What if your home could suddenly become much more intelligent?
Today, your aging boiler/furnace is blissfully unaware of every other heat source, whether the window blinds are open or closed, and even if you are at home at all. You might have a home server you use to stream video to another room, but it is probably not connected into the oven or the lighting system on your front porch. That's all about to change over the next 10-15 years.
Smart gauges that can report on energy consumption are finally making in-roads, wireless connections like Bluetooth are more prevalent (and use less power).
Even the car in your garage will someday connect into your security system and energy grid. So here are a few of the technologies you can expect in your part of town in the not-too-distant future.
1. Robots everywhere
The traditional view of the robot is an android with arms and legs. In the future home, robots will meet our every need – but we won't even call them robots. Home appliances will become more self-aware – think of the iRobot Roomba 780 (below) which can be set to vacuum on a schedule, find its way around furniture, and even stay within a specific zone.
In 15 years, devices for cleaning windows, sweeping the floor, and even making minor repairs will do their work inconspicuously. Yet, even the predictive technology in your home – using less energy during one week because the weather forecast says you will need more heat for an upcoming cold spell – has robotic intelligence.
2. Smart content
The future home will be intelligent enough to predict what you want to do with content. Dell spokesperson Chad Andrews told TechRadar about a concept where media knows more about the playback device that we can even conceive today: adaptive music, movies, and photos that change shape and size (and color profiles) based on whether you are viewing them in the living room on an HDTV or on a tablet in your office.
Better yet, data centers (probably for your city) will predict the media you want to use and provide that media in the proper formats and sizes.
3. Visual cues
As you might expect, the number of screens in the future home will increase exponentially. To avoid overload, the visual information will integrate better into appliances, mirrors, and even the tools and household items you use. There might be flexible display on your cleaning detergent with instructions for use, or a ruggedized display in the garage that reminds you about home maintenance.
Steve Day, a Cheetah Technologies spokesperson, says information will be relative to the task at hand: a screen in the kitchen will report when you are running low on key items like sugar and cereal.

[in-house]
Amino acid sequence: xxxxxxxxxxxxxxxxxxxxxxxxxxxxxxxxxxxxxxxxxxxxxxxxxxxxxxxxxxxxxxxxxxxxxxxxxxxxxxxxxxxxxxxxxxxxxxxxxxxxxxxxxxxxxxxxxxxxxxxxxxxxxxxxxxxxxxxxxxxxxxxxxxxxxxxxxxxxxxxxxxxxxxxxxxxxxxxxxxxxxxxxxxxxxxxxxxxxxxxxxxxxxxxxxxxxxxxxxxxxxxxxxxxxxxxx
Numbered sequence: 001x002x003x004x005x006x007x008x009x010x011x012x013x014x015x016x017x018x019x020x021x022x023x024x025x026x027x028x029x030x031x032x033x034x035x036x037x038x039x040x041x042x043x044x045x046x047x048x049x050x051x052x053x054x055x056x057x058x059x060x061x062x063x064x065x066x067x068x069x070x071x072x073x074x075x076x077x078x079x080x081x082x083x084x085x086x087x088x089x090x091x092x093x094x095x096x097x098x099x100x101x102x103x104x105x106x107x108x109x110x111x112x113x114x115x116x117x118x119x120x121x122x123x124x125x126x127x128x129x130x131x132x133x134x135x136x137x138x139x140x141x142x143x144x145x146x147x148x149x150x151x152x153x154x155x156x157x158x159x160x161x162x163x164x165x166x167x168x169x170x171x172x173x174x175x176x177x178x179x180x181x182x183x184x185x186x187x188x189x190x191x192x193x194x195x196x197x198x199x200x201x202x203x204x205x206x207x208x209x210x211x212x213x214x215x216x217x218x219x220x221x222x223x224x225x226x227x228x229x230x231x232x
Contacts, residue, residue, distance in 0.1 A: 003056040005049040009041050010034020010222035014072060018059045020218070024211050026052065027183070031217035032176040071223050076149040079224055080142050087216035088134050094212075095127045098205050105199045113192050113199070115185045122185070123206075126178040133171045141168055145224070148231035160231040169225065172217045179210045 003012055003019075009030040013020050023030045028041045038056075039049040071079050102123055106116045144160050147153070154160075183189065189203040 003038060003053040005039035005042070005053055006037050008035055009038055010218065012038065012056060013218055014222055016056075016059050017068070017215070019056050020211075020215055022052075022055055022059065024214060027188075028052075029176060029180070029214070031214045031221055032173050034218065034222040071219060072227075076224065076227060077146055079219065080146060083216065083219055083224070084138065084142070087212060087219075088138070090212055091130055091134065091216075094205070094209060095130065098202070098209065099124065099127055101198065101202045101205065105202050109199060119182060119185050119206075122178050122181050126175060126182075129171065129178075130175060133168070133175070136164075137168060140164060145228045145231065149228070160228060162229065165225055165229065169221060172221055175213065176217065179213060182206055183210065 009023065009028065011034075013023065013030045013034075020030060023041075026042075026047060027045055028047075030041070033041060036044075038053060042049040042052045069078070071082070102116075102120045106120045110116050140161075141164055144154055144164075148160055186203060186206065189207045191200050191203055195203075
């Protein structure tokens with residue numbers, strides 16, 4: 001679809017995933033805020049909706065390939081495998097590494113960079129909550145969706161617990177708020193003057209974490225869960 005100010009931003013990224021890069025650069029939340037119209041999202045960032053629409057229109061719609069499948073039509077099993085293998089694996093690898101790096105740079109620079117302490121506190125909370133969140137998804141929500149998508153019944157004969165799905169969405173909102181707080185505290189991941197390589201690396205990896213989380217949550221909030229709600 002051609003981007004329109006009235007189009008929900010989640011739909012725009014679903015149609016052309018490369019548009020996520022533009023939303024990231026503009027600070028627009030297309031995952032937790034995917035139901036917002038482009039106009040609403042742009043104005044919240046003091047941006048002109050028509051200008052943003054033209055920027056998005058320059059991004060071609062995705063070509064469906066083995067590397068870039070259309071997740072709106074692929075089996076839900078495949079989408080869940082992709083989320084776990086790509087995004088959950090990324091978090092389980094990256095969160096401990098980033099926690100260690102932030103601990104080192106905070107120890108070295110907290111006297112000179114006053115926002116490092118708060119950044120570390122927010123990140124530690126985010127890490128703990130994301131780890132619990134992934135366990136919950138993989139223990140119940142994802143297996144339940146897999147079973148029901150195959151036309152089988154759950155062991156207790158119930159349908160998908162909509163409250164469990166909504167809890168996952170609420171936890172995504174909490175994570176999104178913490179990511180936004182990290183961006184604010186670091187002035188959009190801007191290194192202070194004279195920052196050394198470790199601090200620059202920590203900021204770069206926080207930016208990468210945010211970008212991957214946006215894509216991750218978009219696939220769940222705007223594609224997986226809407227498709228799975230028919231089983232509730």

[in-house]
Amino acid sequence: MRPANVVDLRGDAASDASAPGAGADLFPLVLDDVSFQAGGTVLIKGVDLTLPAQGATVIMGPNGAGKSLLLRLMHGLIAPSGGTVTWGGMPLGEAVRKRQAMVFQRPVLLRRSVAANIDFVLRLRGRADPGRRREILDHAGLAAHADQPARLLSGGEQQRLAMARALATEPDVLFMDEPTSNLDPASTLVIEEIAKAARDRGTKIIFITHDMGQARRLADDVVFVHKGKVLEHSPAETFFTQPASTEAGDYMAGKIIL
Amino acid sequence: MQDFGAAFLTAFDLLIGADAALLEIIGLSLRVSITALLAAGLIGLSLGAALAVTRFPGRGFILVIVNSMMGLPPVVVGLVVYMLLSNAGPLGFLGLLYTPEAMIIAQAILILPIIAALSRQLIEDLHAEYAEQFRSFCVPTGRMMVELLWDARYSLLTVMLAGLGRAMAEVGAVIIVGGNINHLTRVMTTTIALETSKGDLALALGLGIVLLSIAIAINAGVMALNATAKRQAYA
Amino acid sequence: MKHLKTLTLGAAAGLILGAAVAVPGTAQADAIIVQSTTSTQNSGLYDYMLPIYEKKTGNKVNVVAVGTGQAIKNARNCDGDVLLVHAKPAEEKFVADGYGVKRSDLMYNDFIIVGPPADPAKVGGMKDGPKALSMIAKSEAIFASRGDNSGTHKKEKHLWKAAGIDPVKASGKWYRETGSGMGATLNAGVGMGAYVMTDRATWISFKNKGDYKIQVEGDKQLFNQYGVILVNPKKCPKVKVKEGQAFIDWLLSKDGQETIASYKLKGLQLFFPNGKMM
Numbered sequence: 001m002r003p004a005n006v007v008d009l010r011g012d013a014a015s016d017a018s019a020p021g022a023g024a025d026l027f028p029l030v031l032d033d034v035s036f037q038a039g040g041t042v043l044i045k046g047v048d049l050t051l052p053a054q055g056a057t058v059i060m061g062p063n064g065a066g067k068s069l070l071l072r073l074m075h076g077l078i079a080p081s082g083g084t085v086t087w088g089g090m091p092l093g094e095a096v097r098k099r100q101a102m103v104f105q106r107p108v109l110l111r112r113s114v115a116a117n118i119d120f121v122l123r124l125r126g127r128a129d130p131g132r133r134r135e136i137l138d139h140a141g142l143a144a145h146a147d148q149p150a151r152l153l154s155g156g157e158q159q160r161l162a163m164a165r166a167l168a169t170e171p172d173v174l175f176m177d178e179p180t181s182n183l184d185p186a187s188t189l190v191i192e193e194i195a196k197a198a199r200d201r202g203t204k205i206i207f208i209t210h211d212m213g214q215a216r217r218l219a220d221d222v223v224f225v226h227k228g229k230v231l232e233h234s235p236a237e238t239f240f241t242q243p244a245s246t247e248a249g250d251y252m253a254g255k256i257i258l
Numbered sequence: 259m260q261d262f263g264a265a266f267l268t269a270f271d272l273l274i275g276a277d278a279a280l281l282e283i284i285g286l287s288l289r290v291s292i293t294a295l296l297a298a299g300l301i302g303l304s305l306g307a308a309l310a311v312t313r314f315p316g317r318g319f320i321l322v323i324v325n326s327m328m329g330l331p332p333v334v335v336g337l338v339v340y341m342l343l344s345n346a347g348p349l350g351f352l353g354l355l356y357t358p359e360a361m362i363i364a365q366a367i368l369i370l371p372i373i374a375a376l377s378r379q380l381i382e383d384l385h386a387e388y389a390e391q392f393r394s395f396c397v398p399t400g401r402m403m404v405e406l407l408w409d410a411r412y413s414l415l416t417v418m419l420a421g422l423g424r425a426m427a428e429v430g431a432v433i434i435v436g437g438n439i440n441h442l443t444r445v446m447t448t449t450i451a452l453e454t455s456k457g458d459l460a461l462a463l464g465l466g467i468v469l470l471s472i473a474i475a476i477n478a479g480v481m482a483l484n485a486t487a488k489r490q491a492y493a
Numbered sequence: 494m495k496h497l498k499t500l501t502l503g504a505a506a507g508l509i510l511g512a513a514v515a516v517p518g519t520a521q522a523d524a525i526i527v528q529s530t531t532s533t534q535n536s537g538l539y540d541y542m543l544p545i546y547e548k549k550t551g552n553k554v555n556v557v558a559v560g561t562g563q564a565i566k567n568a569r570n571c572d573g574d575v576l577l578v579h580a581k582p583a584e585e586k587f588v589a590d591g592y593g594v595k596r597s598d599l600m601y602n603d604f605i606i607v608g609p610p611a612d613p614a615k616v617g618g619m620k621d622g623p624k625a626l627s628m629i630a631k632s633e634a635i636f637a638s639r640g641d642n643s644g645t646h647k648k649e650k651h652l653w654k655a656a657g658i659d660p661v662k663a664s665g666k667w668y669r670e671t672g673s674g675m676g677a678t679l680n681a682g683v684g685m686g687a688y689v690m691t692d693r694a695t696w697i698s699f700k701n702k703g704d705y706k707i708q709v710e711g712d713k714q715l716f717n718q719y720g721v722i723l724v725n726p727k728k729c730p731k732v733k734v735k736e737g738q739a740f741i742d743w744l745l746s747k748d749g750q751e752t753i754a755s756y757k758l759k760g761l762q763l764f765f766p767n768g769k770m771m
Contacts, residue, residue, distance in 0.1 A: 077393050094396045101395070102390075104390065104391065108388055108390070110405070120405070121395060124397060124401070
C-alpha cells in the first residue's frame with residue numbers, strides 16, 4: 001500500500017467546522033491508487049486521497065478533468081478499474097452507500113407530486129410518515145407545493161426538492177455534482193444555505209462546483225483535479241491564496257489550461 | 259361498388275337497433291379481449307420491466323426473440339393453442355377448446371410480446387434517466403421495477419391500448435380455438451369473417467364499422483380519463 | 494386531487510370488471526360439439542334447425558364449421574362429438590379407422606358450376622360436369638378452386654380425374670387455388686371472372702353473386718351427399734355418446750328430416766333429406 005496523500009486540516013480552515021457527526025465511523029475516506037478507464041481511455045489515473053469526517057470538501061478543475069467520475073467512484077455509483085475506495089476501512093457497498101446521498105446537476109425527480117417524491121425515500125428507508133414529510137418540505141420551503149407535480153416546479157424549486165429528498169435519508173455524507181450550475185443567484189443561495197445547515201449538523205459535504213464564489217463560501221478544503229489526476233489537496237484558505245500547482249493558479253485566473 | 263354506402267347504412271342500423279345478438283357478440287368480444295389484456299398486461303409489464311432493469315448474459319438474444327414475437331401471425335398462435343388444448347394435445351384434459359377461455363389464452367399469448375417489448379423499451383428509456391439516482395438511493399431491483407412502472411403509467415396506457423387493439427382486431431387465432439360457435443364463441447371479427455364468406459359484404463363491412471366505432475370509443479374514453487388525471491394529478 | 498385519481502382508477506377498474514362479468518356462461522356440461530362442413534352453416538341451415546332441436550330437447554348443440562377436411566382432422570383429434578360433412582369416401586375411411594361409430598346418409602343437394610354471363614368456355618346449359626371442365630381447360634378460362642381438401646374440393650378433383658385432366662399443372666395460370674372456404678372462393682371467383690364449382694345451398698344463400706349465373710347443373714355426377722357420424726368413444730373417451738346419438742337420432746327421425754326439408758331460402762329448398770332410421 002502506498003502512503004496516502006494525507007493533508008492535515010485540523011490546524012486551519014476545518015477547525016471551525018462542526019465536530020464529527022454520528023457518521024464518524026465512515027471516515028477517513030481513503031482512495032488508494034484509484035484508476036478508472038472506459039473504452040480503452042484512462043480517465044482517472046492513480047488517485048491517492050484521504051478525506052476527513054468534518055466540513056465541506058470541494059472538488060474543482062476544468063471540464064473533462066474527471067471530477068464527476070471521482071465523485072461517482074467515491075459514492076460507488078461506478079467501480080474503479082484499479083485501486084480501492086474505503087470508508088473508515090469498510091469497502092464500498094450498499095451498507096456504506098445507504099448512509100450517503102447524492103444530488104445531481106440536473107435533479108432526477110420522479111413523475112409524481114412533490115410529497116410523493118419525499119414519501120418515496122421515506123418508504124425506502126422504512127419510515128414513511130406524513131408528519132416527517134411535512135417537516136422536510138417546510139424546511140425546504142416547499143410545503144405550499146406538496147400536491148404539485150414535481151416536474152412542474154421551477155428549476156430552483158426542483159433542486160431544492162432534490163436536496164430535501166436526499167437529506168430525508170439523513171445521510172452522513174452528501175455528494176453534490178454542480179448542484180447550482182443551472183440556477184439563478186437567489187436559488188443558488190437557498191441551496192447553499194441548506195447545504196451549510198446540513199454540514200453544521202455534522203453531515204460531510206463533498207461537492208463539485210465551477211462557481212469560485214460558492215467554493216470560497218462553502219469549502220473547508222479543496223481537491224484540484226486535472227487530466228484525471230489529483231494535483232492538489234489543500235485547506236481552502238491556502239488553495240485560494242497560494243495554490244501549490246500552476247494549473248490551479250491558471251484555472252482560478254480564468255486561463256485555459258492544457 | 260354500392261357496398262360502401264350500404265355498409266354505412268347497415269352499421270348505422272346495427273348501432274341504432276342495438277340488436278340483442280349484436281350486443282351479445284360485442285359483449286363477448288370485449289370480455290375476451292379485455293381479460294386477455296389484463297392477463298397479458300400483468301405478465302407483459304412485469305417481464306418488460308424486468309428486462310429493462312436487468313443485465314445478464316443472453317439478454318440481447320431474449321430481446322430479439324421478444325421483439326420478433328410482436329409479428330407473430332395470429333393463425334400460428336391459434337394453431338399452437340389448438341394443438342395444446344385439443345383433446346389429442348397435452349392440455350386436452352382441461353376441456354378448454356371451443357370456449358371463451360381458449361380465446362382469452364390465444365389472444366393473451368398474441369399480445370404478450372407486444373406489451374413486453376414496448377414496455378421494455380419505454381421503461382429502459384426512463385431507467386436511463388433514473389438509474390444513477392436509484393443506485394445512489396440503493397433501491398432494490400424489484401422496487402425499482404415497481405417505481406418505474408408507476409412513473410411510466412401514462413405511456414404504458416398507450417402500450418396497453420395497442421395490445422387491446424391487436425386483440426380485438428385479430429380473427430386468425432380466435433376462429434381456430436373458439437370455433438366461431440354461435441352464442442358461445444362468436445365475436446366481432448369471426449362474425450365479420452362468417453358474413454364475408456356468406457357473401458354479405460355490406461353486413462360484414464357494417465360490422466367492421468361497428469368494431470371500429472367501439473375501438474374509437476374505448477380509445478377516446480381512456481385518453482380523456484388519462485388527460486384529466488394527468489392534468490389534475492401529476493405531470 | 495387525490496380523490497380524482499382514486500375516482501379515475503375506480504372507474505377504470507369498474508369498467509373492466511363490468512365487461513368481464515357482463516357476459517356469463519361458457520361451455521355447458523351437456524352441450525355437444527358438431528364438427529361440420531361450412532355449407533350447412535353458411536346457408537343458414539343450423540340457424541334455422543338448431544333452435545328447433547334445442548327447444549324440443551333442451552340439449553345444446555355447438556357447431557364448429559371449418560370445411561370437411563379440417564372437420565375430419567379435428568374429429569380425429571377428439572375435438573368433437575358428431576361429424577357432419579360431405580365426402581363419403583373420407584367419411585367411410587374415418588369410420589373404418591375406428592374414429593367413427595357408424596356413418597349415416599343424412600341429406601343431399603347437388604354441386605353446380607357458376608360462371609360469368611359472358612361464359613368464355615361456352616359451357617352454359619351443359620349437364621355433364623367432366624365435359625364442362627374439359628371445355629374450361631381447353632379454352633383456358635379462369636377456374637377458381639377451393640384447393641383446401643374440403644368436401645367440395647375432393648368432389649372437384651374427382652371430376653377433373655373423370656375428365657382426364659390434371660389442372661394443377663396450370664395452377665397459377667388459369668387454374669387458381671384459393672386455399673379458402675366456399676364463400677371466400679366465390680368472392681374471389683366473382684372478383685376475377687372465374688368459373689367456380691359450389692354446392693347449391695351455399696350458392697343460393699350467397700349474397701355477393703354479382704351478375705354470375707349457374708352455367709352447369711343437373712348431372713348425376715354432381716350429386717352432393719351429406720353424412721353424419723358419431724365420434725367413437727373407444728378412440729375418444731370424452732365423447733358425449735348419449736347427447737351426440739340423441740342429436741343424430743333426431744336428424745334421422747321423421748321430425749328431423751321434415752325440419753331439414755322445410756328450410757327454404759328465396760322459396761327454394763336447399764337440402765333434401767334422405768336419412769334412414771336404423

4. Interconnected awareness
The future home will be more self-aware, especially about other activities inside the home. For example, as Steve Day from Cheetah Technologies pointed out, video feeds in one room might show you a view of the kitchen, and even the casserole cooking inside the oven.
All of these video feeds will be instantly available on your phone or tablet – or on the flexible display reader you carry around.
5. Energy storage
The future home will act more like a hybrid car. Your heating system, for example, will not just have a high efficiency – the amount of energy it uses to produce heat. Instead, a hybrid furnace/boiler might automatically switch to battery packs in the home during low usage times.
Sensors in the home will know when you are not present, and use less energy. Data about the refrigerator settings will be fed directly to a central home energy server that can make adjustments to the coolness level based on your consumption, how often you have used other appliances, and even the usage level for your neighborhood.
6. Speech enabled
Whether you are a fan of Apple Siri or not, one thing is clear: speech tech has finally hit the mainstream. The next fertile ground: your home will understand what you say. Already, Samsung and others are developing smart televisions that understand spoken commands.
In the future, your home will respond to voice requests for the news, sports, and entertainment. More importantly, your home will using advanced algorithms that determine when you are speaking to the home or to your spouse – sensing a change in your tone, or interpreting a phrase that must be an instruction to change the house temperature.
7. Better Contextualization
The future home will be smart enough to know what you want – sometimes even before you want it. Ford has already started experimenting with the Google prediction engine to guess where you want to go at certain times of the day.
Your house will also know your preferences: when you start a movie, the lights will dim to the level you normally use. Moisture sensors in your lawn will learn how much you use a sprinkler system and adjust patterns accordingly.
At 5:30 when you normally get home, the front lights will turn on and, when a sensor in the driveway knows you have arrived, the home will disable the security system, turn on interior lights, and open the garage door.
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John Brandon has covered gadgets and cars for the past 12 years having published over 12,000 articles and tested nearly 8,000 products. He's nothing if not prolific. Before starting his writing career, he led an Information Design practice at a large consumer electronics retailer in the US. His hobbies include deep sea exploration, complaining about the weather, and engineering a vast multiverse conspiracy.